Students have the power to fight plastic waste


Lucas Barr

While recycling plastic products is better for the planet than throwing them away, Wingspan's editor-in-chief Lucas Barr believes avoiding single-use plastics altogether is the best thing people can do for the environment.

Lucas Barr, Editor-in-chief

Walking to my car after Family Science night last week, I was shocked to see thousands of plastic forks strewn across the campus as part of the senior prank, with thousands more of tiny pieces of plastic in the road from forks that had been driven over.

While the forks were removed as much as possible by concerned students the next day, the incident got me thinking about the larger issue of single-use plastic on campus.

In our consumer-based society, it’s understandable that most people do not understand the impact of the products we use. This is because consumerism is ingrained in our minds: nobody thinks twice about cracking open a new water bottle or putting a snack in a Ziploc bag. Everyone uses plastic products to varying degrees; it’s simply unavoidable. However, many people are often unaware of the true impact of plastic.

With this being said, just because plastic is everywhere doesn’t mean students shouldn’t try to do their part in pushing for change. When plastic dominates the world, it’s easy to feel that one person’s plastic use doesn’t make a difference, but change has to start somewhere and there are plenty of ways the school can do it’s part to reduce single-use plastics. If people express their opposition to plastic products, companies will start to look for solutions.

Everyday students buy dozens, if not hundreds of plastic water bottles, in the cafeteria even though there are fully functioning water fountains just feet from the register. Through a project I made in AP Environmental Science, I learned from talking to students that this happens largely because tap water is seen as “gross”. In reality, tap water is far more regulated than bottled water, and by bringing a refillable water bottle, students can save hundreds of dollars a year.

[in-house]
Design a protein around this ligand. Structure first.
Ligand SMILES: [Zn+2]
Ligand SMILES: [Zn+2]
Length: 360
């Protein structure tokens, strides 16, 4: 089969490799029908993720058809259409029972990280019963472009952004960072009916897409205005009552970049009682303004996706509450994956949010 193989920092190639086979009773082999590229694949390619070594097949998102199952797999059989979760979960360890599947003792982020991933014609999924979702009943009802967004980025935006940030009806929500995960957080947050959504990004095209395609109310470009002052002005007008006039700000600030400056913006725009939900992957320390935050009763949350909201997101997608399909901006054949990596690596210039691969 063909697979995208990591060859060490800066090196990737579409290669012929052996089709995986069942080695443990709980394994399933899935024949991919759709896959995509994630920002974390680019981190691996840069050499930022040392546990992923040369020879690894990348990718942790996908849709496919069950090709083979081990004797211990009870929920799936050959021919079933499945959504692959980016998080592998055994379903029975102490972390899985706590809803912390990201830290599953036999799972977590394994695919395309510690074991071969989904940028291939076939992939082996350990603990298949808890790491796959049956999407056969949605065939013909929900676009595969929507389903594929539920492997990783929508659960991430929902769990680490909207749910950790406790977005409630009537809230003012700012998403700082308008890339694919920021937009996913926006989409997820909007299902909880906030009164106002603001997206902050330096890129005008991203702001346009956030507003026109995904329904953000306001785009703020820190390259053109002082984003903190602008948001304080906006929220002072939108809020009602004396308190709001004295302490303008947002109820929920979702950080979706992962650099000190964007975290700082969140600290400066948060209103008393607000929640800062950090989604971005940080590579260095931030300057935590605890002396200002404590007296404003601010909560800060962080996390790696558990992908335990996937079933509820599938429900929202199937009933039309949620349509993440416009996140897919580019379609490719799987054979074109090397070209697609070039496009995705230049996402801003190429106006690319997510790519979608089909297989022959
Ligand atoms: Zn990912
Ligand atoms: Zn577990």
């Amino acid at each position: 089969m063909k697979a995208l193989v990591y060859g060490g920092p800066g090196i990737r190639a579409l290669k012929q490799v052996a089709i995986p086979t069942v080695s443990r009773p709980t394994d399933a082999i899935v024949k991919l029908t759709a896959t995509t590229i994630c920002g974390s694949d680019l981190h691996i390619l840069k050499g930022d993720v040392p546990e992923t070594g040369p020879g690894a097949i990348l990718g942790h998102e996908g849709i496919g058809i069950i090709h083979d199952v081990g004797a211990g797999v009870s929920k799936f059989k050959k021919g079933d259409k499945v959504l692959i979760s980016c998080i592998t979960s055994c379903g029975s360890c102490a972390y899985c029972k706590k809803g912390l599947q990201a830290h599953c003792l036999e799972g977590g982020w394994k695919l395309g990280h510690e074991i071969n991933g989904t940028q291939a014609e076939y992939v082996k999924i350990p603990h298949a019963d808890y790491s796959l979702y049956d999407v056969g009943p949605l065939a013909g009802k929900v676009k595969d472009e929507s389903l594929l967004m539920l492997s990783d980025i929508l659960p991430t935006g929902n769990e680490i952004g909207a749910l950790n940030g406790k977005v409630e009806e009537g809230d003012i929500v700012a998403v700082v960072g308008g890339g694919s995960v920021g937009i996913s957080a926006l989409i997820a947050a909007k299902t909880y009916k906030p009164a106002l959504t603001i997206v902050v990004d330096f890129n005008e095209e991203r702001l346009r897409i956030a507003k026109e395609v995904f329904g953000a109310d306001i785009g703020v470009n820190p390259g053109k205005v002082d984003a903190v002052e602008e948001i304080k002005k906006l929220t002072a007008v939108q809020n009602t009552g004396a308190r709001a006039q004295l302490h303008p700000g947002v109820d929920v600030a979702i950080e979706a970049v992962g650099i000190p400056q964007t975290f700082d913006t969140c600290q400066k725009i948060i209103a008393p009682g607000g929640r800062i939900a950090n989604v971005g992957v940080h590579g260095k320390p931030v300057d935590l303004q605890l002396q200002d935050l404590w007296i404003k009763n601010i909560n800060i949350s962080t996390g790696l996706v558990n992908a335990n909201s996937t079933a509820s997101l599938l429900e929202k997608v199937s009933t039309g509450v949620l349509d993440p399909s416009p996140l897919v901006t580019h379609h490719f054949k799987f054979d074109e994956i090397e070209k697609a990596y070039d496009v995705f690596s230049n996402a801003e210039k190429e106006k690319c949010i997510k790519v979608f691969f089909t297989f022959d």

More can also be done to educate students on what can be recycled, as well as encouraging recycling. In a world where one million water bottles are bought every minute, only 9 percent of those end up being recycled. Simply disposing of recyclable plastic in a blue bin rather than a trash can is an easy way for people to minimize the harmful impact of plastic. However the best way to minimize plastic waste is never to buy plastic waste in the first place.

The biggest potential for change remains with new students. This new generation is already reaching a new level of advocacy and messages that resonate with us, as seen in the movement to ban plastic straws leading to brands like Starbucks moving towards plastic free alternatives and Seattle banning them altogether.

We have the power to turn down plastic bags at stores, refuse plastic straws, and encourage our friends and loved ones to do the same. We have social media as a tool to spread awareness of plastic waste. Every person can make a difference and it’s up to us to finally make the change with plastic waste where other generations have come up short.